MTV’s Scratch the Surface chronicled your musical travels around the world, what are some cities you think every DJ should try to spin in?
Berlin is #1. Be prepared to not sleep from Thurs to Tues.
London is #2. The rawness of the underground scene can’t be matched.
Tokyo is #3. The mix between traditional Japanese culture and modern youth culture is amazing. There's so much history yet so much experimentation.
You are considered by many as a style and taste leader in the DJ industry and have played many fashion and art events. What impact would you say that art and fashion have on your DJ style?
Art & Fashion are creative expressions of your mood, your background, your essence. So is music. They go together effortlessly. Because every moment of mine is taken up by music - I turn to art and fashion as a release, and as another world to gain inspiration from.
At The Wave Boston, you hit several musical different genres and had the energy jumping up to ceiling (all Isaac Blackman puns intended), what inspires you musically, and how do you prepare for your sets?
If a song stabs you in the heart, makes your hips drop instantly or forces you to make that good ugly face - that’s inspiration. It’s always about that reaction. Within yourself and for the people.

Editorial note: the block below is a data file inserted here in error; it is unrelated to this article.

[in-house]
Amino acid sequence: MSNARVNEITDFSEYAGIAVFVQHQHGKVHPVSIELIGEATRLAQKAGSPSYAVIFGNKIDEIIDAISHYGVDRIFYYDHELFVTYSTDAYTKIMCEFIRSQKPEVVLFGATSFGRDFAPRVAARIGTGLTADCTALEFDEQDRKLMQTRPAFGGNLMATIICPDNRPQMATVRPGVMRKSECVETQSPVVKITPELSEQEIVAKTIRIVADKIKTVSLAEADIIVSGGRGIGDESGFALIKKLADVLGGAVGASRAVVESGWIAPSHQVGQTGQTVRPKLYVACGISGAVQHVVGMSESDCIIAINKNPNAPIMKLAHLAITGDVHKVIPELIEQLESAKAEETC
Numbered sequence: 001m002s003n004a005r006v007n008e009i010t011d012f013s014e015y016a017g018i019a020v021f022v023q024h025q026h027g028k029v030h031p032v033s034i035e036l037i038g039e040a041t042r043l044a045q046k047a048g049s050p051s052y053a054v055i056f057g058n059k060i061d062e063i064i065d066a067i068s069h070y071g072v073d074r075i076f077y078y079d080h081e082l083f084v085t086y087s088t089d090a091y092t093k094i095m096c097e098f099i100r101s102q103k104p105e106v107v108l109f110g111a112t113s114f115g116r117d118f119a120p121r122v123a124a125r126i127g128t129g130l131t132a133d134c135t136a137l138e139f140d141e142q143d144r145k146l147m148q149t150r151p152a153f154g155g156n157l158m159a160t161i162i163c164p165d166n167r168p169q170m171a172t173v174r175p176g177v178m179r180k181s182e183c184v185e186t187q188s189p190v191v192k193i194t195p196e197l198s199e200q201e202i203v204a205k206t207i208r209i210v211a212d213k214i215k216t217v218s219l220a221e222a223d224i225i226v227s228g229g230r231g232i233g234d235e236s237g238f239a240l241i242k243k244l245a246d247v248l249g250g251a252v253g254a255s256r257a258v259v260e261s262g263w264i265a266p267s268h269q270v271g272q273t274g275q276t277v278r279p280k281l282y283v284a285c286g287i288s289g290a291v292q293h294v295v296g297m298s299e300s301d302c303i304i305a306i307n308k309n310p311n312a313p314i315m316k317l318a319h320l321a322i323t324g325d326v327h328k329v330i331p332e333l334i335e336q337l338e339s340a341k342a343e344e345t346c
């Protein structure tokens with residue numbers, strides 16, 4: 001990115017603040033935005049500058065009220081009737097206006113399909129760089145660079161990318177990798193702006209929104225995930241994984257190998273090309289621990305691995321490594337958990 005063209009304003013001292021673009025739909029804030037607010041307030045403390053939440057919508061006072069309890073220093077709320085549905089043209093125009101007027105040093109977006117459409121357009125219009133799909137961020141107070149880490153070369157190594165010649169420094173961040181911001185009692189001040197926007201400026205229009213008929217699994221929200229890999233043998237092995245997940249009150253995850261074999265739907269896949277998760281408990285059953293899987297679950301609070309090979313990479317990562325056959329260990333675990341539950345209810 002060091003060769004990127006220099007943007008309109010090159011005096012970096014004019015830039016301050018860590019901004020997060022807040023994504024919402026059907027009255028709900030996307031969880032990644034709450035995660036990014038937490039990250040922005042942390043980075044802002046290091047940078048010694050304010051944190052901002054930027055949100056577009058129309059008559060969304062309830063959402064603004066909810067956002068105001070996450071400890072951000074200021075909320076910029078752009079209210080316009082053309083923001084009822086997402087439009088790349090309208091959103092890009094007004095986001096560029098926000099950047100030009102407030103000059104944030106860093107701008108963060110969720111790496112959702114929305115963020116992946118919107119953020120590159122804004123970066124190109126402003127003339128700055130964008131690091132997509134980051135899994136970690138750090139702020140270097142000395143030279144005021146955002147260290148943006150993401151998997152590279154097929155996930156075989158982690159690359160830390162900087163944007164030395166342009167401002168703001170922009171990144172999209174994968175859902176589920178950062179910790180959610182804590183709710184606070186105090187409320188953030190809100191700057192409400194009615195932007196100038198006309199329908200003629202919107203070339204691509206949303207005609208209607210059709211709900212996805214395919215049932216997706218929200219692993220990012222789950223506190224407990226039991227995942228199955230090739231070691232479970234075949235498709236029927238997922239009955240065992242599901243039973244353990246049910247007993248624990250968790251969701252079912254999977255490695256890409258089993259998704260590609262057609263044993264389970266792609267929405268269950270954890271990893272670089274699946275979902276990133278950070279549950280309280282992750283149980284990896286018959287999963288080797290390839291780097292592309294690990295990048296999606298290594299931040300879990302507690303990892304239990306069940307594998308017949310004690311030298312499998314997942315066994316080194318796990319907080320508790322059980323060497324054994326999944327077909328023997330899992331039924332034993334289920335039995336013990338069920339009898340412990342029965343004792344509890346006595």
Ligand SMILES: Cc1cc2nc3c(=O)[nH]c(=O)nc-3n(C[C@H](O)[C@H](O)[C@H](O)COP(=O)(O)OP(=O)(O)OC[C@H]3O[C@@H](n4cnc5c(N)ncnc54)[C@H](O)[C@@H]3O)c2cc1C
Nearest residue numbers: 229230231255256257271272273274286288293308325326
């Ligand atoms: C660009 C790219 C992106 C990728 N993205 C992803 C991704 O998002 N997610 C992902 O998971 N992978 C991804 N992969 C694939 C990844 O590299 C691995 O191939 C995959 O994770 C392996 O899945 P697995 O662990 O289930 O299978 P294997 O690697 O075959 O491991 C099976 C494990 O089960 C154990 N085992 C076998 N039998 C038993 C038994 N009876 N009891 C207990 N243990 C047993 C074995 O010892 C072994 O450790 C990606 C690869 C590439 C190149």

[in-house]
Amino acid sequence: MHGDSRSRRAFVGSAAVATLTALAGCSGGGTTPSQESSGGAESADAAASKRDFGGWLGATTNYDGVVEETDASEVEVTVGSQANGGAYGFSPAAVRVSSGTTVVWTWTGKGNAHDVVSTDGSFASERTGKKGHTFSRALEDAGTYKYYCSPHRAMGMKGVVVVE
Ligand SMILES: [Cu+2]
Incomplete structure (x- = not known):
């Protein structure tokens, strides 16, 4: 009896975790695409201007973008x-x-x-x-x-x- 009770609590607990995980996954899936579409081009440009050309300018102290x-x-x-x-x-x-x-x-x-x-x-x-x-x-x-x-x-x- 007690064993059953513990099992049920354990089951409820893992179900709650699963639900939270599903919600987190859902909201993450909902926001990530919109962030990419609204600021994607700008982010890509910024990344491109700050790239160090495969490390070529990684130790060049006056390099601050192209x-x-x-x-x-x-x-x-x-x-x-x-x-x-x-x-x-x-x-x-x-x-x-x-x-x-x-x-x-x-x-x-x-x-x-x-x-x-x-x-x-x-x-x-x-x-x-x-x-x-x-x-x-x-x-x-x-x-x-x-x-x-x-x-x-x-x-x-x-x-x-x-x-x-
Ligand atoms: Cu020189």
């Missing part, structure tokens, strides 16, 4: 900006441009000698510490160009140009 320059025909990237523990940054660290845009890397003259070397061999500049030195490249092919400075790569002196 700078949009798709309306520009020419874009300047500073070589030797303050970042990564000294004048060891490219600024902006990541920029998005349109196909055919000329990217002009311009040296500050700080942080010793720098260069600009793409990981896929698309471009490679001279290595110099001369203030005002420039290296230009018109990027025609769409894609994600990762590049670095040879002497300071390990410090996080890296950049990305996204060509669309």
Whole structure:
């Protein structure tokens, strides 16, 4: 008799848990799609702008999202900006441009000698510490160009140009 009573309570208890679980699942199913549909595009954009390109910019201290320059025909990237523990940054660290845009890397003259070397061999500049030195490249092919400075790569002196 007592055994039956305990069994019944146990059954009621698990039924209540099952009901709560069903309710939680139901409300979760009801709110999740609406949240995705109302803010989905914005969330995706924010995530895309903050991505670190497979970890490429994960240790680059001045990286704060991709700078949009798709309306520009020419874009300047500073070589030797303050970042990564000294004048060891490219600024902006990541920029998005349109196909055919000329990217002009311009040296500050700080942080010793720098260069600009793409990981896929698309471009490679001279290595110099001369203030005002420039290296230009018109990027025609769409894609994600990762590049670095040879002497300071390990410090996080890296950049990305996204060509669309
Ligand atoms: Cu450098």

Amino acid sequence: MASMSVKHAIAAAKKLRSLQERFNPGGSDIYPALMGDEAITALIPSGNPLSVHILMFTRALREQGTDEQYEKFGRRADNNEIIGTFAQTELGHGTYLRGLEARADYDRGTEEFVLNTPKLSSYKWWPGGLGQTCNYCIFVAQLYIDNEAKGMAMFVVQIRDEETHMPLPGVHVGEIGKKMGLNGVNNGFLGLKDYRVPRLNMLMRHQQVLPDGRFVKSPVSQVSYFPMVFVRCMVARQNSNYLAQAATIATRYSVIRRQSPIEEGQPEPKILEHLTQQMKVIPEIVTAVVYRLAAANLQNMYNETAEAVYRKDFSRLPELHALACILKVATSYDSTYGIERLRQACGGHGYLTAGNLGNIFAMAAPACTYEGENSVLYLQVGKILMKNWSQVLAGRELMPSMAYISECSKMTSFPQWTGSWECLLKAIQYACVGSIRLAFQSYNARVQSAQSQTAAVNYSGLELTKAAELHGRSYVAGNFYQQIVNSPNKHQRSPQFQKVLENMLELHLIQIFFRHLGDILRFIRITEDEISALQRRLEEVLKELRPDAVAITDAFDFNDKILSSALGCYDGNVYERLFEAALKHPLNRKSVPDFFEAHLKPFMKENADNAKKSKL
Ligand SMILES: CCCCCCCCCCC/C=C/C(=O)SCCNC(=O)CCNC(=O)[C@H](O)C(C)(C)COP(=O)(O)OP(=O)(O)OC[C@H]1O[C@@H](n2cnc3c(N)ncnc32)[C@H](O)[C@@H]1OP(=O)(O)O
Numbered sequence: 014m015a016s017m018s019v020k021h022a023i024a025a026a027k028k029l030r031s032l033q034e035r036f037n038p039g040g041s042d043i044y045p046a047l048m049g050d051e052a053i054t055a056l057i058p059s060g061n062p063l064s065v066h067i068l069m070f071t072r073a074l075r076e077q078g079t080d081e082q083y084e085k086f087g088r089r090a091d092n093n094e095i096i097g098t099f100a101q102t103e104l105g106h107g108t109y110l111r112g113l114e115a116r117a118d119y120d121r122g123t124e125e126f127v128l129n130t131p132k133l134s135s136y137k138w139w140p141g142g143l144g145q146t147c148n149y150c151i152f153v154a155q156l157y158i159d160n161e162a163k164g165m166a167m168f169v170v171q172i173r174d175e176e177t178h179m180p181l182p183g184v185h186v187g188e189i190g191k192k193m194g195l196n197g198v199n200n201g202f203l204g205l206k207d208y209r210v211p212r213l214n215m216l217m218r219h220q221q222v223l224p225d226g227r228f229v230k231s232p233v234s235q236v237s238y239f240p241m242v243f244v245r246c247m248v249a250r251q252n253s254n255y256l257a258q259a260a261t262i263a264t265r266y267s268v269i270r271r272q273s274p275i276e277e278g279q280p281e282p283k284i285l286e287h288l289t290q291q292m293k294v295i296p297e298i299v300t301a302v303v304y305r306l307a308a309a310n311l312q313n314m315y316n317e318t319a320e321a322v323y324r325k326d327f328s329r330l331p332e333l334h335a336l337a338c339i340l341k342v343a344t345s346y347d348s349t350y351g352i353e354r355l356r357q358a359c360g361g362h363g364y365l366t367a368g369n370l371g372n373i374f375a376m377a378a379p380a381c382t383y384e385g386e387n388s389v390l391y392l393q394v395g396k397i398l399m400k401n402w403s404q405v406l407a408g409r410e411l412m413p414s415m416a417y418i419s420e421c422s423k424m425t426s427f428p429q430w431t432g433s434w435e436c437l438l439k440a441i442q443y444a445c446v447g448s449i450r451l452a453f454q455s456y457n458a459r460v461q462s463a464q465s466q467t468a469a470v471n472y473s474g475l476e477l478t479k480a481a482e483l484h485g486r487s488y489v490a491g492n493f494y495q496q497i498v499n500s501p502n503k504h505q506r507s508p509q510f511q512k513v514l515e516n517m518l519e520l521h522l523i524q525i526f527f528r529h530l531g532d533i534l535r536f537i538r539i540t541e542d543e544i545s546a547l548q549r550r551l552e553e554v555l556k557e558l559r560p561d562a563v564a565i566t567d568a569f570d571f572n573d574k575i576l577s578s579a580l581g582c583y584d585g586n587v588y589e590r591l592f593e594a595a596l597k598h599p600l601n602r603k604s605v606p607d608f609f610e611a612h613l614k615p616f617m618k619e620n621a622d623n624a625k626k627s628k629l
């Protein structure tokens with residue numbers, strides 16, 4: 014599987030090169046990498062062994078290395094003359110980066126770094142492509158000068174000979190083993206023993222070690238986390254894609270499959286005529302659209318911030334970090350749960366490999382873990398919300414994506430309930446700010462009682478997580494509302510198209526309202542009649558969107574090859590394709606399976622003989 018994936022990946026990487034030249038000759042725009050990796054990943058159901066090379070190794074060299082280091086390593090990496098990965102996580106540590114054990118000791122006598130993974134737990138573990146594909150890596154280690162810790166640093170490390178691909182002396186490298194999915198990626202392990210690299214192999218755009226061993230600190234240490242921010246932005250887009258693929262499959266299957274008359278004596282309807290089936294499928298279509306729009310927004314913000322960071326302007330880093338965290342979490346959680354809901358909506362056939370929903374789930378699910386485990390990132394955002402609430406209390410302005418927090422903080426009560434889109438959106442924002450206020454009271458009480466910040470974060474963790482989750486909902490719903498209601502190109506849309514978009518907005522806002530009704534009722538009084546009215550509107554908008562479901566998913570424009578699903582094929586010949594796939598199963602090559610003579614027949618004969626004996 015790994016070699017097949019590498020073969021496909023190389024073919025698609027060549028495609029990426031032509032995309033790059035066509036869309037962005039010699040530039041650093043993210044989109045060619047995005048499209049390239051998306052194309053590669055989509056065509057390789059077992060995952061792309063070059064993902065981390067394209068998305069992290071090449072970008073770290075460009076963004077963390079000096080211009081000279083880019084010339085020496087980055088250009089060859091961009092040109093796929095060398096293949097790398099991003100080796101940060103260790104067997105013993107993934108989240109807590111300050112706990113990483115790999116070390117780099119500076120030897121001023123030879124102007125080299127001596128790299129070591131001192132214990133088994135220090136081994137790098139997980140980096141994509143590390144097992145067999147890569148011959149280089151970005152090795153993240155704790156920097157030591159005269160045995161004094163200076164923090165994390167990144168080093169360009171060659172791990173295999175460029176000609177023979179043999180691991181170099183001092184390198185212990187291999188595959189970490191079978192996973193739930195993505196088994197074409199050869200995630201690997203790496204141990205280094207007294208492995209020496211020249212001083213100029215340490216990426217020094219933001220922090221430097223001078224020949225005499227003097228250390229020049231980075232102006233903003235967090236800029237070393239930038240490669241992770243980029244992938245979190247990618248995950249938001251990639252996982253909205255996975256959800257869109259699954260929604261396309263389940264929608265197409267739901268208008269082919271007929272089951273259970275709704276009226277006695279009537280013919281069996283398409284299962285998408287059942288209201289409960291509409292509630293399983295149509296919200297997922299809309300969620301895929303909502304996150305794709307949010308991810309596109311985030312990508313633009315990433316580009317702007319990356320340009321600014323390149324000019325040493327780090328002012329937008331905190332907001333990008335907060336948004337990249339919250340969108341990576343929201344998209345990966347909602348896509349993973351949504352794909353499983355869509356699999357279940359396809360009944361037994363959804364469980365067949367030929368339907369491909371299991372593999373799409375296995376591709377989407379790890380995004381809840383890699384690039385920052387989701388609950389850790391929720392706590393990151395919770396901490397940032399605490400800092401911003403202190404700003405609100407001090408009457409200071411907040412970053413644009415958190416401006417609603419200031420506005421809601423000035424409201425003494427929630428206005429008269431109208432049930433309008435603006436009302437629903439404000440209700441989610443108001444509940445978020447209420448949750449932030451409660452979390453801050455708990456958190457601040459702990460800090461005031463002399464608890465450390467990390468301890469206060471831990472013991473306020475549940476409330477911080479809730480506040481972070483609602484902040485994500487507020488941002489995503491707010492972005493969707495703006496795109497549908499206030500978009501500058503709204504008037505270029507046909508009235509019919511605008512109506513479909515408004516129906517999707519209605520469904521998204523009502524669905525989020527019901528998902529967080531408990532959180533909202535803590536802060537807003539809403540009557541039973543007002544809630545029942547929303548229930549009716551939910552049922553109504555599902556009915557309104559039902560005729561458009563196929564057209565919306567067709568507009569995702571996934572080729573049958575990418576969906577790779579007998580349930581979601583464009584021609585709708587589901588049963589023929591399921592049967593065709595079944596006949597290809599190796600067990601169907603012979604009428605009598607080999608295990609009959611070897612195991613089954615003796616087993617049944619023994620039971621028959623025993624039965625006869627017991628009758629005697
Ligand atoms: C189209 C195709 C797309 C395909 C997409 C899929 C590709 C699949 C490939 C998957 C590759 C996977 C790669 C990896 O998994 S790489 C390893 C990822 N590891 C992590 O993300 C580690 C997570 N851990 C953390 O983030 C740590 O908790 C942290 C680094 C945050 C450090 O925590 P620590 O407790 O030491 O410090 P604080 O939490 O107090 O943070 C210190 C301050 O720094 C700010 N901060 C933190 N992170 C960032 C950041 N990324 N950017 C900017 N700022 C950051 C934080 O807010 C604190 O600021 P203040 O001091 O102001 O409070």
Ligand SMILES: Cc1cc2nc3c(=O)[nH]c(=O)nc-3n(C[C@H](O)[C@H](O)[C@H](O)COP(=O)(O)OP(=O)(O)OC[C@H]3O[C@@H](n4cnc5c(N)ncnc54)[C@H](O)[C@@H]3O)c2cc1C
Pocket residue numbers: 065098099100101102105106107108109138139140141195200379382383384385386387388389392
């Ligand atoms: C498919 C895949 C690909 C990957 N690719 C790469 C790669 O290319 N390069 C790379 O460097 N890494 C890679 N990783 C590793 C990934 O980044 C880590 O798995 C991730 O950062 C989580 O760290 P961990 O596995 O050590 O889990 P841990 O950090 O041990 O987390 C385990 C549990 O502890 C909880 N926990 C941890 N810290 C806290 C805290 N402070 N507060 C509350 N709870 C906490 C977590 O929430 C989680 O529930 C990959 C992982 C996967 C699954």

To be honest I freestyle 99% of my sets. If I know the crowd is going to like a certain genre, I may prep a playlist beforehand - but the minute I hit the decks, I make decisions off energy and I reference the encyclopedia of music in my brain.
What advice would you give to someone trying to pursue a craft, or build a brand?
Combine both old-school and new-school ways of thought. Study your craft & your industry. Learn the entire history. Study behavior, how business works, the movements of the people, why the economy changes, etc.
And at the same time, act for the future. Try everything. Find what’s never been done before.
Combine all your knowledge, instinct and drive - then make a plan - then DO IT. And finally, know that failure is a state of mind. The typical “failed attempts” get you closer to what will work. Giving up is pointless, but know when to pivot. Stay healthy, it’s your only chance at longevity.
You’ve accomplished so much in your career so far, what accomplishments would you say that you are most proud of and what else is on your to-do list?
My Electric Punanny mixes might be my favorite work of art so far. Getting to DJ in Bali (I’m half Indonesian) and having my uncle come to the club to hear my set brought tears to my eyes. That was a proud moment.
Help further Unity In Color, an artistic humanitarian series I launched prior to the Women's March AND obtain a yacht to sail through the Mediterranean with my closest family + friends ;)
You can keep up with Jasmine by following her at @xojsmn or visiting http://xojsmn.com